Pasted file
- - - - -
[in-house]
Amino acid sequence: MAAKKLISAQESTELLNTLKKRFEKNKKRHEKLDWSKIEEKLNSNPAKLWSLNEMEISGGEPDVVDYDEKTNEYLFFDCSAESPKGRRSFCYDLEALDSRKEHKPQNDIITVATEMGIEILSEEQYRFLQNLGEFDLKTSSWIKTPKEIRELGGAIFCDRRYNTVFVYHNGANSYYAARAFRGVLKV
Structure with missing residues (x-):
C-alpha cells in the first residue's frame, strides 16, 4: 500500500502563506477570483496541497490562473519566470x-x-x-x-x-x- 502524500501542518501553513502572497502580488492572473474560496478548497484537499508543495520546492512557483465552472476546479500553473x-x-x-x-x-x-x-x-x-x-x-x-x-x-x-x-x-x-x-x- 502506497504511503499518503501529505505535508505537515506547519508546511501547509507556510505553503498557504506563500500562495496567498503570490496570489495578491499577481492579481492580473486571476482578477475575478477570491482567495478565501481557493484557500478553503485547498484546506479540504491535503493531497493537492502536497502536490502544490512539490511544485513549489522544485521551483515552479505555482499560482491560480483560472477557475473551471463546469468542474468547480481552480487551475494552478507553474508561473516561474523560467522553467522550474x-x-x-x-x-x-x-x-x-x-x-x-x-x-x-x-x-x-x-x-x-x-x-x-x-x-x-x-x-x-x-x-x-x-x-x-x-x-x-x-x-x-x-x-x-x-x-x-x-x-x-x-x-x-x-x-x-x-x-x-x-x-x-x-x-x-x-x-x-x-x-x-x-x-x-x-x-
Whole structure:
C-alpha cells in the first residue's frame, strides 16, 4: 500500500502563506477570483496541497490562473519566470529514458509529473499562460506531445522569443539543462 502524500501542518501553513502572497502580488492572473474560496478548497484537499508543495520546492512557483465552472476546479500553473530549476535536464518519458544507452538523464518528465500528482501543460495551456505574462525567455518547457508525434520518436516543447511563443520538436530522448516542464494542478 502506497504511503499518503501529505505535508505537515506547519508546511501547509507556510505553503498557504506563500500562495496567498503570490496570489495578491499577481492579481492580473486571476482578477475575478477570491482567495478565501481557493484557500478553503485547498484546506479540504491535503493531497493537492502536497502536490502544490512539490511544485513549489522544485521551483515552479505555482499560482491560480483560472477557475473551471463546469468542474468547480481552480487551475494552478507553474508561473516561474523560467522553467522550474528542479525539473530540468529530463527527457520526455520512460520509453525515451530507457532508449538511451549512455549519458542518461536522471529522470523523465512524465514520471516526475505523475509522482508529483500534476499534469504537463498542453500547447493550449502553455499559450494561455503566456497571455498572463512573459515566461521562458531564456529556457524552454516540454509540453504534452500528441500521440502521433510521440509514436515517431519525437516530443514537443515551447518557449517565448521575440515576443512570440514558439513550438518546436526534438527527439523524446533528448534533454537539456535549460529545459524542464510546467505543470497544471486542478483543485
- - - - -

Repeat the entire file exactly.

[in-house]
Amino acid sequence: MAAKKLISAQESTELLNTLKKRFEKNKKRHEKLDWSKIEEKLNSNPAKLWSLNEMEISGGEPDVVDYDEKTNEYLFFDCSAESPKGRRSFCYDLEALDSRKEHKPQNDIITVATEMGIEILSEEQYRFLQNLGEFDLKTSSWIKTPKEIRELGGAIFCDRRYNTVFVYHNGANSYYAARAFRGVLKV
Structure with missing residues (x-):
C-alpha cells in the first residue's frame, strides 16, 4: 500500500502563506477570483496541497490562473519566470x-x-x-x-x-x- 502524500501542518501553513502572497502580488492572473474560496478548497484537499508543495520546492512557483465552472476546479500553473x-x-x-x-x-x-x-x-x-x-x-x-x-x-x-x-x-x-x-x- 502506497504511503499518503501529505505535508505537515506547519508546511501547509507556510505553503498557504506563500500562495496567498503570490496570489495578491499577481492579481492580473486571476482578477475575478477570491482567495478565501481557493484557500478553503485547498484546506479540504491535503493531497493537492502536497502536490502544490512539490511544485513549489522544485521551483515552479505555482499560482491560480483560472477557475473551471463546469468542474468547480481552480487551475494552478507553474508561473516561474523560467522553467522550474x-x-x-x-x-x-x-x-x-x-x-x-x-x-x-x-x-x-x-x-x-x-x-x-x-x-x-x-x-x-x-x-x-x-x-x-x-x-x-x-x-x-x-x-x-x-x-x-x-x-x-x-x-x-x-x-x-x-x-x-x-x-x-x-x-x-x-x-x-x-x-x-x-x-x-x-x-
Whole structure:
C-alpha cells in the first residue's frame, strides 16, 4: 500500500502563506477570483496541497490562473519566470529514458509529473499562460506531445522569443539543462 502524500501542518501553513502572497502580488492572473474560496478548497484537499508543495520546492512557483465552472476546479500553473530549476535536464518519458544507452538523464518528465500528482501543460495551456505574462525567455518547457508525434520518436516543447511563443520538436530522448516542464494542478 502506497504511503499518503501529505505535508505537515506547519508546511501547509507556510505553503498557504506563500500562495496567498503570490496570489495578491499577481492579481492580473486571476482578477475575478477570491482567495478565501481557493484557500478553503485547498484546506479540504491535503493531497493537492502536497502536490502544490512539490511544485513549489522544485521551483515552479505555482499560482491560480483560472477557475473551471463546469468542474468547480481552480487551475494552478507553474508561473516561474523560467522553467522550474528542479525539473530540468529530463527527457520526455520512460520509453525515451530507457532508449538511451549512455549519458542518461536522471529522470523523465512524465514520471516526475505523475509522482508529483500534476499534469504537463498542453500547447493550449502553455499559450494561455503566456497571455498572463512573459515566461521562458531564456529556457524552454516540454509540453504534452500528441500521440502521433510521440509514436515517431519525437516530443514537443515551447518557449517565448521575440515576443512570440514558439513550438518546436526534438527527439523524446533528448534533454537539456535549460529545459524542464510546467505543470497544471486542478483543485